Thomas Gray to James Brown, [before 17 February 1763]
You will make my best acknowledgements to Mr Howe, who not content to rank me in the number of his Friends is so polite as to make excuses for having done me that honour.
I was not born so far from the Sun as to be ignorant of Count Algarotti's name & reputation; nor am I so far advanced in years or in philosophy, as not to feel the warmth of his approbation. the odes in question, as their motto shews, were meant to be vocal to the Intelligent alone. how few they were in my own country, Mr Howe can testify; & yet my ambition was terminated by that small circle. I have good reason to be proud, if my voice has reach'd the ear & apprehension of a Stranger distinguish'd as one of the best Judges in Europe.
I am equally pleased with the just applause he bestows on Mr Mason, & particularly on the Caractacus, wch is the work of a Man: whereas the Elfrida is only that of a Boy, a promising boy indeed, & of no common Genius: yet this is the popular performance with us, & the other little known in comparison.
Neither Count Algarotti, nor Mr Howe (I believe) have heard of Ossian, the Son of Fingal. if Mr H: were not upon the wing, & on his way homewards, I would send it to him in Italy. he would there see, that Imagination dwelt many hundred years agoe in all her pomp on the cold and barren mountains of Scotland. the truth (I believe) is that without any respect of climates she reigns in all nascent societies of Men, where the necessities of life force every one to think & act much for himself ..
Algarotti, Francesco, Conte, 1712-1764
How, William Taylor, d. 1777
Macpherson, James, 1736-1796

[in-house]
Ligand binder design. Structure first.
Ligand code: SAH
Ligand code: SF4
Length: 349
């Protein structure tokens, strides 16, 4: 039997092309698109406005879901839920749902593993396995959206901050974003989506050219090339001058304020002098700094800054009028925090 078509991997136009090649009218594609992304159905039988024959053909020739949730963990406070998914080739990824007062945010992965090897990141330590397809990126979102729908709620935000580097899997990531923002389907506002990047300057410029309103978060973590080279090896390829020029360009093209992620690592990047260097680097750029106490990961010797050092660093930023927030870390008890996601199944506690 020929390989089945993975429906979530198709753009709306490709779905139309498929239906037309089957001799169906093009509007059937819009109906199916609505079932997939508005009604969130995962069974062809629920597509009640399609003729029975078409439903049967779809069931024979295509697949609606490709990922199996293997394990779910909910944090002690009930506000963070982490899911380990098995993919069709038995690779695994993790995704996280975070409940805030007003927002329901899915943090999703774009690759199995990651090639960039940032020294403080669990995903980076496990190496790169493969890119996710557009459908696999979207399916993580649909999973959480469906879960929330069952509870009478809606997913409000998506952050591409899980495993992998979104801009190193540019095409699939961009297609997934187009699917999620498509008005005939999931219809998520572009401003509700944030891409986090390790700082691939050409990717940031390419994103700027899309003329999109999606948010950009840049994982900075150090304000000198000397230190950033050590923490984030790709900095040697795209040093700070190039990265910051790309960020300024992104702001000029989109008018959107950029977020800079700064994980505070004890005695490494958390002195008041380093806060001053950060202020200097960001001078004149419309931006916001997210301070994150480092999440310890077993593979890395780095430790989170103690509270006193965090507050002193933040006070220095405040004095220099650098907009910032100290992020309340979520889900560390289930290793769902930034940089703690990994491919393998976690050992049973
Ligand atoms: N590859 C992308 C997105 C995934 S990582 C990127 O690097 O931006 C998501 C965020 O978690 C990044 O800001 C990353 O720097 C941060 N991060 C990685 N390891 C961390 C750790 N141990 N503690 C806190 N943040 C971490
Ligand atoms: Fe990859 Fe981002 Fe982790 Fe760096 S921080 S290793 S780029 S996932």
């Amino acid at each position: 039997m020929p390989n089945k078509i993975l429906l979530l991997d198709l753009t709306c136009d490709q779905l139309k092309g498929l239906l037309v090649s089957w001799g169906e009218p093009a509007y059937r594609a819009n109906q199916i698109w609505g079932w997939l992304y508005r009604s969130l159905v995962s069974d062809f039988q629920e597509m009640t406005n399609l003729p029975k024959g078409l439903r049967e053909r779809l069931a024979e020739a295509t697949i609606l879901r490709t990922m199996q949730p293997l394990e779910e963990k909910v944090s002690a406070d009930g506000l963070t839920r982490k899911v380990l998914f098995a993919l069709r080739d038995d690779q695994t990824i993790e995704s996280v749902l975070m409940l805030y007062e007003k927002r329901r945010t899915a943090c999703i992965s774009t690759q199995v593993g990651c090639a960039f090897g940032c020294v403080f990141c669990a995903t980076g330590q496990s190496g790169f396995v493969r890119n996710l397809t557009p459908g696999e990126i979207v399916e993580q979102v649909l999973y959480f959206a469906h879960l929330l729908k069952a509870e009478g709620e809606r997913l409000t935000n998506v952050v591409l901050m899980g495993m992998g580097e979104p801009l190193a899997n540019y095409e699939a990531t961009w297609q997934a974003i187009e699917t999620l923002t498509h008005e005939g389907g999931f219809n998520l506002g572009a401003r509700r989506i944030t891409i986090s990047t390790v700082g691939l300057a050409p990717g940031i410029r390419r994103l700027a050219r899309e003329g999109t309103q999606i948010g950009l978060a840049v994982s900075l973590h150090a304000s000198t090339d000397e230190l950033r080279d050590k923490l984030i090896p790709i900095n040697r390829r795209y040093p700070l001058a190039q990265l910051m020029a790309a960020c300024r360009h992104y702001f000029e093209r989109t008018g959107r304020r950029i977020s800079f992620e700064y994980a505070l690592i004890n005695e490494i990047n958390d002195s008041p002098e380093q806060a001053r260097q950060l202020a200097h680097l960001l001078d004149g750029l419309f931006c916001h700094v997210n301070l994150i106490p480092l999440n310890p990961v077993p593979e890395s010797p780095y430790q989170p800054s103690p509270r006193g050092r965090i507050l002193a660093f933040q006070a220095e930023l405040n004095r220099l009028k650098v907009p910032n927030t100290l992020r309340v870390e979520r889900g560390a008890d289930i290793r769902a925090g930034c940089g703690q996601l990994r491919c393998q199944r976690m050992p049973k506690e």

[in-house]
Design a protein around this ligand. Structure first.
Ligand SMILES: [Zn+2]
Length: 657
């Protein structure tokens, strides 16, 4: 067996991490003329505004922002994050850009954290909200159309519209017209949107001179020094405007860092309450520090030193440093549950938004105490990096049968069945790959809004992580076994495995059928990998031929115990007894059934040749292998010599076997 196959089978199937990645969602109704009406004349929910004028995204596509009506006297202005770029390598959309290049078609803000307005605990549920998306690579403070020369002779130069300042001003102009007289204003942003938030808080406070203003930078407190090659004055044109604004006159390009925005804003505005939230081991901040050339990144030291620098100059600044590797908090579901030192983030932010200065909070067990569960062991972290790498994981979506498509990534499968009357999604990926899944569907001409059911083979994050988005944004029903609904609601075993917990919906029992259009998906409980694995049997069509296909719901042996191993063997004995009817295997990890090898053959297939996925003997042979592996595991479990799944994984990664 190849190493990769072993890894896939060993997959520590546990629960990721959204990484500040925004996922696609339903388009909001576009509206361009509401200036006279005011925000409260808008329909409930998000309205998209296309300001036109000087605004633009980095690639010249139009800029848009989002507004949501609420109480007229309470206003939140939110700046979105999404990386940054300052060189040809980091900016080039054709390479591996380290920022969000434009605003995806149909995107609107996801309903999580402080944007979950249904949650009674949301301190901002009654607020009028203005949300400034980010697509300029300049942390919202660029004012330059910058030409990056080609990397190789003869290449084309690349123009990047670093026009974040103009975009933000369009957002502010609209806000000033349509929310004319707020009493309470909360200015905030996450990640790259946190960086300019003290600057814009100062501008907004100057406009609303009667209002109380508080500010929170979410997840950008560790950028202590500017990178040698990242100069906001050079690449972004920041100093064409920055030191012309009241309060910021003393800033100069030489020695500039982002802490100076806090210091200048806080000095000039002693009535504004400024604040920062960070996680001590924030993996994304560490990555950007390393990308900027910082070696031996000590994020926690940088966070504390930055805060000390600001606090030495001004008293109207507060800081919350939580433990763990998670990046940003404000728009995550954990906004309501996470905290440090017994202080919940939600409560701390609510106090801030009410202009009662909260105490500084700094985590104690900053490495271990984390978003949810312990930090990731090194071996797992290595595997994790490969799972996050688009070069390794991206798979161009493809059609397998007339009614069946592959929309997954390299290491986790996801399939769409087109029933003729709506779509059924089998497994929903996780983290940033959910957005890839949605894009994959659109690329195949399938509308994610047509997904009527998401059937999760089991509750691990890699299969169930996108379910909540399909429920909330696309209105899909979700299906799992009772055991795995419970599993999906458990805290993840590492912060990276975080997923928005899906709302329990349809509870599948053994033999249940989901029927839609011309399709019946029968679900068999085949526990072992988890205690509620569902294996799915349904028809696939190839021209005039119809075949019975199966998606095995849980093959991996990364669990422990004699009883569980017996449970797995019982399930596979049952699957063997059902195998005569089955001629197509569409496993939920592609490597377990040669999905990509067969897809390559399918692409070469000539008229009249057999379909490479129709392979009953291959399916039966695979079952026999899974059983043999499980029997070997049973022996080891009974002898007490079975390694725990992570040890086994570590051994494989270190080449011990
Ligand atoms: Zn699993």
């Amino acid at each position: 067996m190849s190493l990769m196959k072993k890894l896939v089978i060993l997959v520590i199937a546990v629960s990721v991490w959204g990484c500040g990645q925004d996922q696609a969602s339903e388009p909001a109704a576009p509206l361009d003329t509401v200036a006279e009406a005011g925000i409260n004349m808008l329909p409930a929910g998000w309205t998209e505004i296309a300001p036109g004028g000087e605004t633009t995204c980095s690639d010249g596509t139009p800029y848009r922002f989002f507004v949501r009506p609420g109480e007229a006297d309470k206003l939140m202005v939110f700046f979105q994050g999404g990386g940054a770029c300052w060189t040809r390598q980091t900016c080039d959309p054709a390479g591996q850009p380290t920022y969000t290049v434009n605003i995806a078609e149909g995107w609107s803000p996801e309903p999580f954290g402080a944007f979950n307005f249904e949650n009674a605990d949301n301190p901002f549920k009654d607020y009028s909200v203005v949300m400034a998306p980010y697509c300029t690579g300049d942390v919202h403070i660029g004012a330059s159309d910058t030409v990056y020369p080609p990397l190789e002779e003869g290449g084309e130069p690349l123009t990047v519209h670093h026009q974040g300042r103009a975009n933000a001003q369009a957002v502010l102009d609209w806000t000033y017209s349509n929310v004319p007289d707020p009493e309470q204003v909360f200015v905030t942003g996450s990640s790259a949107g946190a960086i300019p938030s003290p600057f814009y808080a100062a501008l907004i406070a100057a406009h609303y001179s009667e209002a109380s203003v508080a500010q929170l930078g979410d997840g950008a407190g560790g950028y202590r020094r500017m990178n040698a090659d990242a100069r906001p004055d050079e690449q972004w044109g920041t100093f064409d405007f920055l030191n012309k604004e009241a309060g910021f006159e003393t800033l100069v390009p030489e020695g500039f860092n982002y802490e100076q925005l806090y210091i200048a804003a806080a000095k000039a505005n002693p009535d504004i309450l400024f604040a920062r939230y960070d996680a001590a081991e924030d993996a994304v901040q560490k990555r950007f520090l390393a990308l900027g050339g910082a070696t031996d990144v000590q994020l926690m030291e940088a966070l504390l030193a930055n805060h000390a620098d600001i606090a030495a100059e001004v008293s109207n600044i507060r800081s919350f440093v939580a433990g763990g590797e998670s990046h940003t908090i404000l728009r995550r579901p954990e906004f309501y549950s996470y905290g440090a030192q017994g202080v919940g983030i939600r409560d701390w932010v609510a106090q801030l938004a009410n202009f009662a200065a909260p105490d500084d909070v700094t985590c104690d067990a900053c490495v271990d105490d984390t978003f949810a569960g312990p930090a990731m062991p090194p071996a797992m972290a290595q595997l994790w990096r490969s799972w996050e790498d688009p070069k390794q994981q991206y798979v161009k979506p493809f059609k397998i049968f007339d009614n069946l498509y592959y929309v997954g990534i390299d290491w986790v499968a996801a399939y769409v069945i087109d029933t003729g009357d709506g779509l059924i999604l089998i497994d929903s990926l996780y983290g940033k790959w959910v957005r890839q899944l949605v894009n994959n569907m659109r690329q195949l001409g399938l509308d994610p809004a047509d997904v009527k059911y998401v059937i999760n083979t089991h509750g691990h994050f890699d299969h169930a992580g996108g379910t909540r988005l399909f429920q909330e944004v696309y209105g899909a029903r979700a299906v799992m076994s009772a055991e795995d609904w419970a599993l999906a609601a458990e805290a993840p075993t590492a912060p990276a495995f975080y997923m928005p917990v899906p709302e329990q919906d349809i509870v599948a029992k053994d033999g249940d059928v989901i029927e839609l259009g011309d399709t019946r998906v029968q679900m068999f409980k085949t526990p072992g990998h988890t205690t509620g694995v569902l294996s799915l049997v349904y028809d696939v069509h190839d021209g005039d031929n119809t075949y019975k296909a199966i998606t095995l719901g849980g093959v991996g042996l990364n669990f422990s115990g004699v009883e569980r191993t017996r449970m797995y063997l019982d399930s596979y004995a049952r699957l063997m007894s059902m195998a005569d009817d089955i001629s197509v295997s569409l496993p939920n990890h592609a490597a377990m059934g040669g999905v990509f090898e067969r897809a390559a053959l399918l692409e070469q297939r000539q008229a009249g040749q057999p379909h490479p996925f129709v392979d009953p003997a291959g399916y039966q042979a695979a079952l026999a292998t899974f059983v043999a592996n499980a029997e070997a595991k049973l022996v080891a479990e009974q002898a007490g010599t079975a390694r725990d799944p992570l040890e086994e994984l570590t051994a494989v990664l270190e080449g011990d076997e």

Macpherson, James, 1736-1796
Mason, William, 1724-1797
Add. MSS 26889, ff. 23-24, Manuscripts collection, British Library , London, UK <http://www.bl.uk/reshelp/bldept/manuscr/>
- The Poems of Mr. Gray. To which are prefixed Memoirs of his Life and Writings by W[illiam]. Mason. York: printed by A. Ward; and sold by J. Dodsley, London; and J. Todd, York, 1775, letter xlv, section iv, 300-301
- The Works of Thomas Gray, 2 vols. Ed. by Thomas James Mathias. London: William Bulmer, 1814, section IV, letter XLV, vol. i, 402-403
- The Works of Thomas Gray, 2 vols. Ed. by John Mitford. London: J. Mawman, 1816, section IV, letter CVI, vol. ii, 410-411
- The Letters of Thomas Gray, 2 vols. in one. London: J. Sharpe, 1819, letter CXVII, vol. ii, 73-74
- The Works of Thomas Gray, 5 vols. Ed. by John Mitford. London: W. Pickering, 1835-1843, section IV, letter CXVII, vol. iv, 6-7
- The Letters of Thomas Gray, including the correspondence of Gray and Mason, 3 vols. Ed. by Duncan C. Tovey. London: George Bell and Sons, 1900-12, letter no. CCXLIX, vol. iii, 8-9
- Essays and Criticisms by Thomas Gray. Ed. with Introduction and Notes by Clark Sutherland Northup. Boston and London: D. C. Heath & Co., 1911, letter excerpt, 257-258
- Correspondence of Thomas Gray, 3 vols. Ed. by the late Paget Toynbee and Leonard Whibley, with corrections and additions by H. W. Starr. Oxford: Clarendon Press, 1971 [1st ed. 1935], letter no. 367, vol. ii, 797-798